Here in America and in most of Canada, we have funeral traditions that have stood the test of time for decades, even centuries.
But our traditions are vastly different from those in other countries and cultures.
This article looks at Dani funeral traditions and is part of a series that highlights how different cultures care for their dead. Other parts of the series are about Hmong funeral traditions and Ukrainian funeral traditions, among others.
Note, these traditions may vary depending on the individual and their own beliefs.
Where They Are From
The Dani tribe lives in the western region of Papua New Guinea, which is an Indonesian province. With about 25,000 people, the Dani people are one of the most populous and well-known ethnic groups in Papua. Like all cultures, they have their own unique and traditional customs for daily life and significant events, like funerals.
Finger Amputation Ritual
Although banned today, the ikipalin, or traditional finger amputation ritual, was a Dani funeral tradition. To the Dani people, fingers represent harmony, unity, and strength — and they work together to perform tasks, like a family. So, the finger amputation ritual represented the pain of grief and prevented more misfortune from occurring to the deceased’s family. It also pleased their ancestor’s spirits and stopped the deceased’s spirit from lingering.
Usually, a close family member performed the finger amputation ritual. The women in the family were typically the ones to have their fingers amputated. Sometimes men would do it if it was their spouse or another close family member who passed away.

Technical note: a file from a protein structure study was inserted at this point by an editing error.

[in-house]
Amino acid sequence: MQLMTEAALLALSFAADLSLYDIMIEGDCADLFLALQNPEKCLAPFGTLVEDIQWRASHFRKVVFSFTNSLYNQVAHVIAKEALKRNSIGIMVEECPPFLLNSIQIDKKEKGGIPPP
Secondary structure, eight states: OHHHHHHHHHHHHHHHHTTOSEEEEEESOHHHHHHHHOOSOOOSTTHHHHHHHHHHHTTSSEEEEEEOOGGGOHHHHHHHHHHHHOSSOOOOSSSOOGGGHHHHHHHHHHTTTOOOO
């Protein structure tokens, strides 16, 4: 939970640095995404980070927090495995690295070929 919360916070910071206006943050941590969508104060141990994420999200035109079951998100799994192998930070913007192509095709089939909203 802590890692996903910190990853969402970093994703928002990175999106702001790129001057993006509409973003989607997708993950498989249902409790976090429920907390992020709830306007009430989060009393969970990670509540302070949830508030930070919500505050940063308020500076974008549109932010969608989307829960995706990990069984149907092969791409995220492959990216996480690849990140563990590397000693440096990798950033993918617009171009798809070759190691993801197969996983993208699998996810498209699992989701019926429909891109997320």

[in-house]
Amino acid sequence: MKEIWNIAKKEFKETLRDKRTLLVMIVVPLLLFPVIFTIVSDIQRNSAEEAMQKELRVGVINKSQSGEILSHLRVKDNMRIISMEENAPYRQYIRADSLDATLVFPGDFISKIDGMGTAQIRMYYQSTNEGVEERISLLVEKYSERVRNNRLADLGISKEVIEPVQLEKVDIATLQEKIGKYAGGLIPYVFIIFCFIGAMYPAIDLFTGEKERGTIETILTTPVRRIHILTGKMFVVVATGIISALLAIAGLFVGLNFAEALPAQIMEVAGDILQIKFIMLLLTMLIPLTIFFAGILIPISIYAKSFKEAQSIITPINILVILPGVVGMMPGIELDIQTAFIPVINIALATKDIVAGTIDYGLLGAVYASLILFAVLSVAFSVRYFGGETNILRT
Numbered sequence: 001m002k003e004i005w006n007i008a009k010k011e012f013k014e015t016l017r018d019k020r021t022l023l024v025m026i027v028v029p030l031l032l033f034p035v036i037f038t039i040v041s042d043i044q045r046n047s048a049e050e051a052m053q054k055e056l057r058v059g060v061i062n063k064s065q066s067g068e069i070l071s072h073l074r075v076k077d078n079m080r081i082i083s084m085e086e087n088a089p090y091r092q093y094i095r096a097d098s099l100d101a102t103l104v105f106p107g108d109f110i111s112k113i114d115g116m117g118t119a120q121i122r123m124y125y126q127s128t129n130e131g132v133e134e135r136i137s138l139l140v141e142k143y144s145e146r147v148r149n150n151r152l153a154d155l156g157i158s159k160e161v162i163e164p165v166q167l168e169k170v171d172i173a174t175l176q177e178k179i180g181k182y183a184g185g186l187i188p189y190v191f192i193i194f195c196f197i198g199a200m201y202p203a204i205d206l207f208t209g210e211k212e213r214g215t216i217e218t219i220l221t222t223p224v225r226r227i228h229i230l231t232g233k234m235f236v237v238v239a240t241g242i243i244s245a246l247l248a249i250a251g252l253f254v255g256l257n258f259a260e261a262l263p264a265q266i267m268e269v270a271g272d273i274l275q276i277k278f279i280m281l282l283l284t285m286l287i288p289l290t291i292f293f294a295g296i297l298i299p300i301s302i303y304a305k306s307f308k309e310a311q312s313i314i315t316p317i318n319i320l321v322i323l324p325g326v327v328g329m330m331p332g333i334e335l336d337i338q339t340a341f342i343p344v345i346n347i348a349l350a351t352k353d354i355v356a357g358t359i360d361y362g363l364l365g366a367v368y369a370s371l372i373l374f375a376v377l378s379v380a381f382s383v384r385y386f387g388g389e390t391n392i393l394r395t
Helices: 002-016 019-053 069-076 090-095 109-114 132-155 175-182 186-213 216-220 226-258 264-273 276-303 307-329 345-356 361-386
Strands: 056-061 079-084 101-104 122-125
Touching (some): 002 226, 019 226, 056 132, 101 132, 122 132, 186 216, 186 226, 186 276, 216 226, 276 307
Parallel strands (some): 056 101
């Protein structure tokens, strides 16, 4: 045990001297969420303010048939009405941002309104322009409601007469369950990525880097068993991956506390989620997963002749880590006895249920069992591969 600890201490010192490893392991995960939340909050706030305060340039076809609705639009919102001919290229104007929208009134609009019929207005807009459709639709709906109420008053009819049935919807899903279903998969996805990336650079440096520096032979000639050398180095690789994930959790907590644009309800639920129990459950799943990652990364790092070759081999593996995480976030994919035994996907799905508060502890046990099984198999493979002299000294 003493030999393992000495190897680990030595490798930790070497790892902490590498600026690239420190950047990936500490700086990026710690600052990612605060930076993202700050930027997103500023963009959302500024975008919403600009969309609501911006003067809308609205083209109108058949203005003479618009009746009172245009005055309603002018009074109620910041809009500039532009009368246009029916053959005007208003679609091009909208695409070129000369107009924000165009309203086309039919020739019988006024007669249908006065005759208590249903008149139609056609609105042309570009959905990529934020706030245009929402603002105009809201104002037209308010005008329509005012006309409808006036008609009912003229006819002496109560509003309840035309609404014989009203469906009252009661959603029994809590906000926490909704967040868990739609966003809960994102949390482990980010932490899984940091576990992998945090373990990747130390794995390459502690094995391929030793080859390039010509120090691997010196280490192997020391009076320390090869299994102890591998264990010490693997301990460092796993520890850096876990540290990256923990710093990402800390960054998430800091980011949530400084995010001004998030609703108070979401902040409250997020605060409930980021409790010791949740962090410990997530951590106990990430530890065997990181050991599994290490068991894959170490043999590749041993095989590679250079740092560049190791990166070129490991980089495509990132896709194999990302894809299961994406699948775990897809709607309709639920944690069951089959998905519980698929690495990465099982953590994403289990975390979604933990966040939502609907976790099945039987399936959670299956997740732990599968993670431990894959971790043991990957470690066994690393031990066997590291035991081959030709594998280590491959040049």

To amputate the finger, the Dani would tie the upper half of it with string to numb it and cut off circulation. Then, the designated family member removed the finger with an axe and treated it with traditional herbs to prevent infections. The Dani would then dry the leftover finger and either burn it into ashes or store the leftover finger in a special place.
Even though the ritual is now banned today, older members of the Dani tribe are still sometimes seen with amputated fingers.
Smoking the Bodies
Although this ritual also is no longer practiced today, another Dani funeral tradition was smoking the bodies instead of burial. By smoking their ancestor’s bodies, it preserved them as mummies and they sometimes displayed them in the village. Today, they still take care of the mummies to preserve them and show respect for their deceased ancestors.
Other Dani Funeral Rituals
Traditionally, sometimes instead of the finger amputation ritual, they cut off an ear instead of a finger. Though the finger amputation was more common, and neither ritual is still practiced today. Also, another way the Dani people express their grief is by smearing their faces and bodies with ashes and clay. They also may decide not to bathe for several weeks following the death.